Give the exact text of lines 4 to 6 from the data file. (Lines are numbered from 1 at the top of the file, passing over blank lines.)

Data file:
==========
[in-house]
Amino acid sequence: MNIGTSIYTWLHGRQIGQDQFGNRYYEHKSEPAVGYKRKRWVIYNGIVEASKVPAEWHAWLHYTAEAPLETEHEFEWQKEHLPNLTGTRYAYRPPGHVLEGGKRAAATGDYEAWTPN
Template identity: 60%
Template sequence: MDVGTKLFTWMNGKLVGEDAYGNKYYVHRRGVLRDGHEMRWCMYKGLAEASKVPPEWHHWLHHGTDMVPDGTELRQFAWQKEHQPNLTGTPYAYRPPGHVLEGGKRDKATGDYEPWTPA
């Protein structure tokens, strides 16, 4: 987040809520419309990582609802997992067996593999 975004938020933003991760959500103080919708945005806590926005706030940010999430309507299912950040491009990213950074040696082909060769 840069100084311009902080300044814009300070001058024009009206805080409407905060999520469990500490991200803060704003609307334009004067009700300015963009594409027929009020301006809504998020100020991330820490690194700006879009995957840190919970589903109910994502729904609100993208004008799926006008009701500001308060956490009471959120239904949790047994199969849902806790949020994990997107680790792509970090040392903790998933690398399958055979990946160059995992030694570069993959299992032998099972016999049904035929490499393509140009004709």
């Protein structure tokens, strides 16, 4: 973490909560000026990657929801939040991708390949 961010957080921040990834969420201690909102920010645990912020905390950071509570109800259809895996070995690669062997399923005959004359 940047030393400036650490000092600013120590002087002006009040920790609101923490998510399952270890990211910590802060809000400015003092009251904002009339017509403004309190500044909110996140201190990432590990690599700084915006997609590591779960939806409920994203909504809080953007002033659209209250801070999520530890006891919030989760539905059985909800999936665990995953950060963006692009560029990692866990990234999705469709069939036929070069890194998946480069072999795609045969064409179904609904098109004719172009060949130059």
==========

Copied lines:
Template sequence: MDVGTKLFTWMNGKLVGEDAYGNKYYVHRRGVLRDGHEMRWCMYKGLAEASKVPPEWHHWLHHGTDMVPDGTELRQFAWQKEHQPNLTGTPYAYRPPGHVLEGGKRDKATGDYEPWTPA
């Protein structure tokens, strides 16, 4: 987040809520419309990582609802997992067996593999 975004938020933003991760959500103080919708945005806590926005706030940010999430309507299912950040491009990213950074040696082909060769 840069100084311009902080300044814009300070001058024009009206805080409407905060999520469990500490991200803060704003609307334009004067009700300015963009594409027929009020301006809504998020100020991330820490690194700006879009995957840190919970589903109910994502729904609100993208004008799926006008009701500001308060956490009471959120239904949790047994199969849902806790949020994990997107680790792509970090040392903790998933690398399958055979990946160059995992030694570069993959299992032998099972016999049904035929490499393509140009004709």
């Protein structure tokens, strides 16, 4: 973490909560000026990657929801939040991708390949 961010957080921040990834969420201690909102920010645990912020905390950071509570109800259809895996070995690669062997399923005959004359 940047030393400036650490000092600013120590002087002006009040920790609101923490998510399952270890990211910590802060809000400015003092009251904002009339017509403004309190500044909110996140201190990432590990690599700084915006997609590591779960939806409920994203909504809080953007002033659209209250801070999520530890006891919030989760539905059985909800999936665990995953950060963006692009560029990692866990990234999705469709069939036929070069890194998946480069072999795609045969064409179904609904098109004719172009060949130059």